print(missing_rate, np.mean(losses), np.std(losses))
0.0 2.359239 2.3841858e07
0.1 5.6141863 10.308739
0.2 18.179102 53.249737
0.3 88.48642 323.95425
0.4 173.53473 505.12674
0.5 269.37463 636.1734
0.6 497.91122 774.9014
0.7 712.81384 858.53827
0.8 989.5386 972.14777
0.9 661.3348 749.5342
having a loss function means we can get gradients with respect to the params and use them in a trivial gradient descent update step
@jax.jit
def update_step(params, seed, xy_trues):
gradients = jax.grad(loss_fn)(params, seed, xy_trues, missing_rate=0.1)
def apply_gradients(p, g):
learning_rate = 1e5
return p  learning_rate * g
return jax.tree_util.tree_map(apply_gradients, params, gradients)
this update step allows us to sample a trajectory, run it through the rolled out filter, calculate a loss and gradient and finally update the params...
params = default_params()
seed = 0
for _ in range(1000):
dx = 2 + np.random.uniform() * 5 # (2, 7)
dy = 4 + np.random.uniform() * 4 # (4, 8)
xy_trues = simulate_throw(dx, dy)
params = update_step(params, seed, xy_trues)
if i % 100 == 0:
print("loss", next_seed, loss_fn(params, next_seed, xy_trues, missing_rate=0.1))
seed += 1
loss 0 2.5613098 loss 100 12.690718 loss 200 4.0097485 loss 300 4.4077697 loss 400 4.8039966 loss 500 3.5365129 loss 600 3.0296855 loss 700 2.361609 loss 800 3.0249815 loss 900 1.7365919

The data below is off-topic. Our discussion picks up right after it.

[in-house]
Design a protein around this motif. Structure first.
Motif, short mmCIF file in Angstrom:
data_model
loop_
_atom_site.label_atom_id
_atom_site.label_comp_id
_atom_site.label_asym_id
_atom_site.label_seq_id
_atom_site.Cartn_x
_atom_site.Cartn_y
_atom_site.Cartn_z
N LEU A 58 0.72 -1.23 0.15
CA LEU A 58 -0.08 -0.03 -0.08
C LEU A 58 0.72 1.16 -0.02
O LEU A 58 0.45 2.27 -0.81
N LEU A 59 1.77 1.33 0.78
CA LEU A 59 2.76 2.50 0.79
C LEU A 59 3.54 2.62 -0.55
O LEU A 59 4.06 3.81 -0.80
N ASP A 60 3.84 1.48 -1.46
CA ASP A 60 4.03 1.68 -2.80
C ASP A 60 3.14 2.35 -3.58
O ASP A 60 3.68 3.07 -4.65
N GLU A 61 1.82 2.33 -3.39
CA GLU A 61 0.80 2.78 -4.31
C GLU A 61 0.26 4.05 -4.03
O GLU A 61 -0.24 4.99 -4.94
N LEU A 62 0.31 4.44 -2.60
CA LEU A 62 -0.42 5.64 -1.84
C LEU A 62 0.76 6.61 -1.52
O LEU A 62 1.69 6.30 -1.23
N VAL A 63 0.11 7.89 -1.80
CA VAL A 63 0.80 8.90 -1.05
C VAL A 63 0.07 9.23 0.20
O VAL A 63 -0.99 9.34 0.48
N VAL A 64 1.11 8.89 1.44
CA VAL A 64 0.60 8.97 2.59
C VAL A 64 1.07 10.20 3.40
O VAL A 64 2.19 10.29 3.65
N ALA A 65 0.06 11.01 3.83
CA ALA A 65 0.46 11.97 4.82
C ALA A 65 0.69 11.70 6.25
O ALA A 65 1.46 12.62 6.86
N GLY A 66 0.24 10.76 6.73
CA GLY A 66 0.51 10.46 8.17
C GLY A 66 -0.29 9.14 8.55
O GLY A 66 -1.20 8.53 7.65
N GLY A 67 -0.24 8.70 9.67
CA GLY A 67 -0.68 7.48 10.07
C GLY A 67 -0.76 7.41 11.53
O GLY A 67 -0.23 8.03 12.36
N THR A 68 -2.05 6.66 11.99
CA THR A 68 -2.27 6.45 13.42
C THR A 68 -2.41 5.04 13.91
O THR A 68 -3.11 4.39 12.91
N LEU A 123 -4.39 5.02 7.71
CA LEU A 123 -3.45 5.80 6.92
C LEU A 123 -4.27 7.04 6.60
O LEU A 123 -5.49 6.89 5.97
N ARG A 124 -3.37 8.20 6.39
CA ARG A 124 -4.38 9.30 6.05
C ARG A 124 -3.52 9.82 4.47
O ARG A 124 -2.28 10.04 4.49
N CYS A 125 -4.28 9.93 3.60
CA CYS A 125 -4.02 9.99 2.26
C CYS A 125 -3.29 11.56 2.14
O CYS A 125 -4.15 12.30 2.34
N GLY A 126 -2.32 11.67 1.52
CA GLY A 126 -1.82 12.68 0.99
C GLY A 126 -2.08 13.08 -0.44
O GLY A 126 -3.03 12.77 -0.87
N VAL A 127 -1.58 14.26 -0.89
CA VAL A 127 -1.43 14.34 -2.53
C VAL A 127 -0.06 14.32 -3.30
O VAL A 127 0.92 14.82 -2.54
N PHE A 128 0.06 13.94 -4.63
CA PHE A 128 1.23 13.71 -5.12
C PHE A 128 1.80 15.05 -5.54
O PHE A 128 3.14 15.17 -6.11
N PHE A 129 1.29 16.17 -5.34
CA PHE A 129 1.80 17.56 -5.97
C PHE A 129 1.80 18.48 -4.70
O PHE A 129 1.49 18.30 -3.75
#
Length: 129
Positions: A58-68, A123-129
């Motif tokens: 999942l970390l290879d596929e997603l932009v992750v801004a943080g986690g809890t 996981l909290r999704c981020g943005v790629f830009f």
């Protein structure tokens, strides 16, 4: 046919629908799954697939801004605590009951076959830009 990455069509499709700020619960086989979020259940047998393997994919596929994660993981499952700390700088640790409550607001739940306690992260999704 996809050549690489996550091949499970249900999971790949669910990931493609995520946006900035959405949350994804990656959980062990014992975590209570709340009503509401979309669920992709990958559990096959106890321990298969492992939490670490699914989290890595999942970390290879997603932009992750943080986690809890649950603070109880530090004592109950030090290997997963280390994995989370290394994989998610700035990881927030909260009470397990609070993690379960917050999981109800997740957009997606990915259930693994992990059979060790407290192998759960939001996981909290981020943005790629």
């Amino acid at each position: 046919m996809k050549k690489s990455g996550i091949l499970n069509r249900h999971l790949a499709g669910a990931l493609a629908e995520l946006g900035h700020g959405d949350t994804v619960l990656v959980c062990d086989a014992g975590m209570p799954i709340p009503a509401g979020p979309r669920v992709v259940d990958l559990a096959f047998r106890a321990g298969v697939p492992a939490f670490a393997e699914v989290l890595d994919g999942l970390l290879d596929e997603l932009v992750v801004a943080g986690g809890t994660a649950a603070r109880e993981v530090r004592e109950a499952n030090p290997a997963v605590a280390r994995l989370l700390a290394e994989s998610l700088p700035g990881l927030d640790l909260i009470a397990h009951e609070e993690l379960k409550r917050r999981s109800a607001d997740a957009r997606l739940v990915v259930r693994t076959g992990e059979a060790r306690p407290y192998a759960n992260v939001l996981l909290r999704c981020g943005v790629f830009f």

we see the loss has dropped, hooray! but how does the filter behave?
if we plot some examples of the default_params
versus these trained params
for
a range of missing_rate
we can see the trained filter is much more robust to missing values
 red represents ground truth
 green represents the filter behaviour with the default params
 yellow represents the filter behaviour with the trained params
xy_trues = simulate_throw_a(3, 5)
seed = 1234414
def throw_img(xy_trues, seed, missing_rate):
xy_preds_initial_params = rolled_out_predict_then_update(default_params(), seed, xy_trues, missing_rate)
xy_preds_trained_params = rolled_out_predict_then_update(params, seed, xy_trues, missing_rate)
return draw_throw_with_colours(
[xy_trues, xy_preds_initial_params, xy_preds_trained_params],
['red', 'green', 'yellow'])
missing_rate=0.0  missing_rate=0.2  missing_rate=0.4 
how do the optimised params differ?